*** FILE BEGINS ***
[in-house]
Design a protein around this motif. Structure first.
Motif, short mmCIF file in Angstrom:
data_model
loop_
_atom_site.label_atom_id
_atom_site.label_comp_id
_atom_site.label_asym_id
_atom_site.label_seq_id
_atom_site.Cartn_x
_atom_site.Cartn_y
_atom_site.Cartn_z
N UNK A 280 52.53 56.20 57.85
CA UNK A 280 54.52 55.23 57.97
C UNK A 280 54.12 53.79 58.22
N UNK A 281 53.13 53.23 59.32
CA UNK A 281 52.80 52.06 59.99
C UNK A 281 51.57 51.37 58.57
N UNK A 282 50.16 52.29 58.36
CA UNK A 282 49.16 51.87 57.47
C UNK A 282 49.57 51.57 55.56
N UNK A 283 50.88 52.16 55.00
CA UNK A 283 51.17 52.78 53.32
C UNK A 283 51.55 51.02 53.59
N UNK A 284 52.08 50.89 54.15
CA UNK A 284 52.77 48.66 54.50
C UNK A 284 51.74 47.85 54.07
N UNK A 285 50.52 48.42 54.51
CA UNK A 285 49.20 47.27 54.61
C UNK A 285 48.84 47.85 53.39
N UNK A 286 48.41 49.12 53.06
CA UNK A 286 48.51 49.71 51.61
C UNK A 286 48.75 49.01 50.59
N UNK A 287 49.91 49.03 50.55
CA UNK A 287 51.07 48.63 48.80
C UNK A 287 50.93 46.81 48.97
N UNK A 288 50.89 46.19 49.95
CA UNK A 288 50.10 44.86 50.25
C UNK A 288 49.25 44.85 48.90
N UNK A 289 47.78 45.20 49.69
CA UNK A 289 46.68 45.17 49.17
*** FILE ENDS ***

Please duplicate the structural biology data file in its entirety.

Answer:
[in-house]
Design a protein around this motif. Structure first.
Motif, short mmCIF file in Angstrom:
data_model
loop_
_atom_site.label_atom_id
_atom_site.label_comp_id
_atom_site.label_asym_id
_atom_site.label_seq_id
_atom_site.Cartn_x
_atom_site.Cartn_y
_atom_site.Cartn_z
N UNK A 280 52.53 56.20 57.85
CA UNK A 280 54.52 55.23 57.97
C UNK A 280 54.12 53.79 58.22
N UNK A 281 53.13 53.23 59.32
CA UNK A 281 52.80 52.06 59.99
C UNK A 281 51.57 51.37 58.57
N UNK A 282 50.16 52.29 58.36
CA UNK A 282 49.16 51.87 57.47
C UNK A 282 49.57 51.57 55.56
N UNK A 283 50.88 52.16 55.00
CA UNK A 283 51.17 52.78 53.32
C UNK A 283 51.55 51.02 53.59
N UNK A 284 52.08 50.89 54.15
CA UNK A 284 52.77 48.66 54.50
C UNK A 284 51.74 47.85 54.07
N UNK A 285 50.52 48.42 54.51
CA UNK A 285 49.20 47.27 54.61
C UNK A 285 48.84 47.85 53.39
N UNK A 286 48.41 49.12 53.06
CA UNK A 286 48.51 49.71 51.61
C UNK A 286 48.75 49.01 50.59
N UNK A 287 49.91 49.03 50.55
CA UNK A 287 51.07 48.63 48.80
C UNK A 287 50.93 46.81 48.97
N UNK A 288 50.89 46.19 49.95
CA UNK A 288 50.10 44.86 50.25
C UNK A 288 49.25 44.85 48.90
N UNK A 289 47.78 45.20 49.69
CA UNK A 289 46.68 45.17 49.17